Reviews in Fish Biology and Fisheries

, Volume 22, Issue 4, pp 849–859

Embryonic diapause in the elasmobranchs

  • Daniela Waltrick
  • Cynthia Awruch
  • Colin Simpfendorfer
Reviews

DOI: 10.1007/s11160-012-9267-5

Cite this article as:
Waltrick, D., Awruch, C. & Simpfendorfer, C. Rev Fish Biol Fisheries (2012) 22: 849. doi:10.1007/s11160-012-9267-5

Abstract

Embryonic diapause is a temporary suspension of development at any stage of embryogenesis, which prolongs the gestation period, allowing parturition to occur in conditions that are more suitable for newborns. This reproductive trait is widespread among all vertebrates, including elasmobranchs. Although it has only been confirmed in two elasmobranchs (Rhizoprionodon taylori and Dasyatis say), evidence indicates that at least 14 species of rays and two sharks undergo diapause, suggesting that this form of reproduction exists within a wide range of elasmobranch reproductive modes, including lecithotrophs and matrotrophs. Where it has been studied, embryogenesis is arrested at the blastodisc stage and preserved in the uterus for periods from four to 10 months. There are still many questions that remain unanswered concerning the knowledge on the biology of most diapausing species but it is clear that species benefit differently from this reproductive trait. As in other vertebrates, it is likely that environmental cues and hormones (especially progesterone and prolactin) are involved in the control of diapause in elasmobranchs, however rigorous testing of current hypothesis remains to be carried out.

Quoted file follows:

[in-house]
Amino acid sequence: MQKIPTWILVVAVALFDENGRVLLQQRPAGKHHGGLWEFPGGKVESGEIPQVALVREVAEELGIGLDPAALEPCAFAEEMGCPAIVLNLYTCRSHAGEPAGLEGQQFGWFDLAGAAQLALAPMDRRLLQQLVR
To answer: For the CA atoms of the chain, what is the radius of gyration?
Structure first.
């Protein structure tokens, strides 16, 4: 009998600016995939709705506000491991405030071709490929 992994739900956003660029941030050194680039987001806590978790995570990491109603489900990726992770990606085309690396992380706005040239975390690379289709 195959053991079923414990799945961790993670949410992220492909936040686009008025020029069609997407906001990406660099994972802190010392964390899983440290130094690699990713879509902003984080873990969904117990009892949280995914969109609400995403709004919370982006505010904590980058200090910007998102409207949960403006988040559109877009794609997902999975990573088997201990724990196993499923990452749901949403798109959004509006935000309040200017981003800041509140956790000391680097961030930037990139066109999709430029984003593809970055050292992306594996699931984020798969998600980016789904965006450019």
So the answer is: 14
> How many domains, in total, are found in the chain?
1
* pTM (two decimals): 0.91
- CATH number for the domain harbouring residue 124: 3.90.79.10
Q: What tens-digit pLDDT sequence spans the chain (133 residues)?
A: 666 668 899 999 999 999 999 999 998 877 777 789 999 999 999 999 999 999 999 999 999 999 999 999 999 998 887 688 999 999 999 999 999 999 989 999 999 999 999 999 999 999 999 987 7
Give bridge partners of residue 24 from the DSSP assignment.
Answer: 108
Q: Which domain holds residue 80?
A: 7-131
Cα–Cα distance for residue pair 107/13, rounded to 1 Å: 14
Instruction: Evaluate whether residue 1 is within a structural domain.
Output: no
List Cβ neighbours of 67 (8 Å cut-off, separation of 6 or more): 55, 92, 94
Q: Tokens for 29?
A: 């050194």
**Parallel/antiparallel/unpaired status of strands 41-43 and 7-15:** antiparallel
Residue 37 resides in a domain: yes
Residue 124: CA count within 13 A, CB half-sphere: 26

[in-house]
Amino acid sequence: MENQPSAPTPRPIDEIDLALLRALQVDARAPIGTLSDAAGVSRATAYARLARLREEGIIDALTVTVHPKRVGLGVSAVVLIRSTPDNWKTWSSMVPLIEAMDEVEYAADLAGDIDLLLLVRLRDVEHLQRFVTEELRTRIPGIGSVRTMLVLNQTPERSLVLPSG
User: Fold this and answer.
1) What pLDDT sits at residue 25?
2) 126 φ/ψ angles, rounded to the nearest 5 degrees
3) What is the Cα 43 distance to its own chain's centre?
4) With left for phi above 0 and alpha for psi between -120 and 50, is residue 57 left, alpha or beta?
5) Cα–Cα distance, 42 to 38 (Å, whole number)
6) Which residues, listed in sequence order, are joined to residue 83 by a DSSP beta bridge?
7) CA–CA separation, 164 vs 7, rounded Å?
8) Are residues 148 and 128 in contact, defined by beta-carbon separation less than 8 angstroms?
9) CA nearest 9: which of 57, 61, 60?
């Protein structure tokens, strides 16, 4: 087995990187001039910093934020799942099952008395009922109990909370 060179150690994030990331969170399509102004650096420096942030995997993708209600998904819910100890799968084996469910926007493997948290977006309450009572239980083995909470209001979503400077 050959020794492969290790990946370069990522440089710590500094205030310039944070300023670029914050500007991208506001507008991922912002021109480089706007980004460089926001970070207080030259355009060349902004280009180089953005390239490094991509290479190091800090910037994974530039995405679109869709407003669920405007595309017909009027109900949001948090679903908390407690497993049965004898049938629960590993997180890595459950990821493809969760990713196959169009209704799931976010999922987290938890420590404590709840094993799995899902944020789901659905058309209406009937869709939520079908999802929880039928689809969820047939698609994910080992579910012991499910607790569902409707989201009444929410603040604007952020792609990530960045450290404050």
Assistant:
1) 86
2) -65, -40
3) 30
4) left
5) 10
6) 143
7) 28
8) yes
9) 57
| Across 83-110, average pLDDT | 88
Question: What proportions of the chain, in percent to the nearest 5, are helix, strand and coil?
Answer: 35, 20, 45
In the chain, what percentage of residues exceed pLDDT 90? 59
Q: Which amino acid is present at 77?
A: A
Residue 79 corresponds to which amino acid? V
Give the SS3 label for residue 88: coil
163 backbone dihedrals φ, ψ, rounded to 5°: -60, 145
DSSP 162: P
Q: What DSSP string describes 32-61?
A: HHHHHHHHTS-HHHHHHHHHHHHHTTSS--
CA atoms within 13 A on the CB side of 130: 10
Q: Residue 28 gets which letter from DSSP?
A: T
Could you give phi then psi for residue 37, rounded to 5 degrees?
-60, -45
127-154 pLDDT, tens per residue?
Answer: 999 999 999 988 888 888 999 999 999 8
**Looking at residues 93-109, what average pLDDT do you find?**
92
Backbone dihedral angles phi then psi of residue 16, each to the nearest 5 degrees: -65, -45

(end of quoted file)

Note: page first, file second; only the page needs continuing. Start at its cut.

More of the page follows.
Keywords

Arrested development Discontinuous development Reproductive hormones Reproductive trait Pregnancy 

Copyright information

© Springer Science+Business Media B.V. 2012

Authors and Affiliations

  • Daniela Waltrick
    • 1
  • Cynthia Awruch
    • 1
    • 2
  • Colin Simpfendorfer
    • 1
  1. 1.Centre for Sustainable Tropical Fisheries and Aquaculture and School of Earth and Environmental SciencesJames Cook UniversityTownsvilleAustralia
  2. 2.School of ZoologyUniversity of TasmaniaHobartAustralia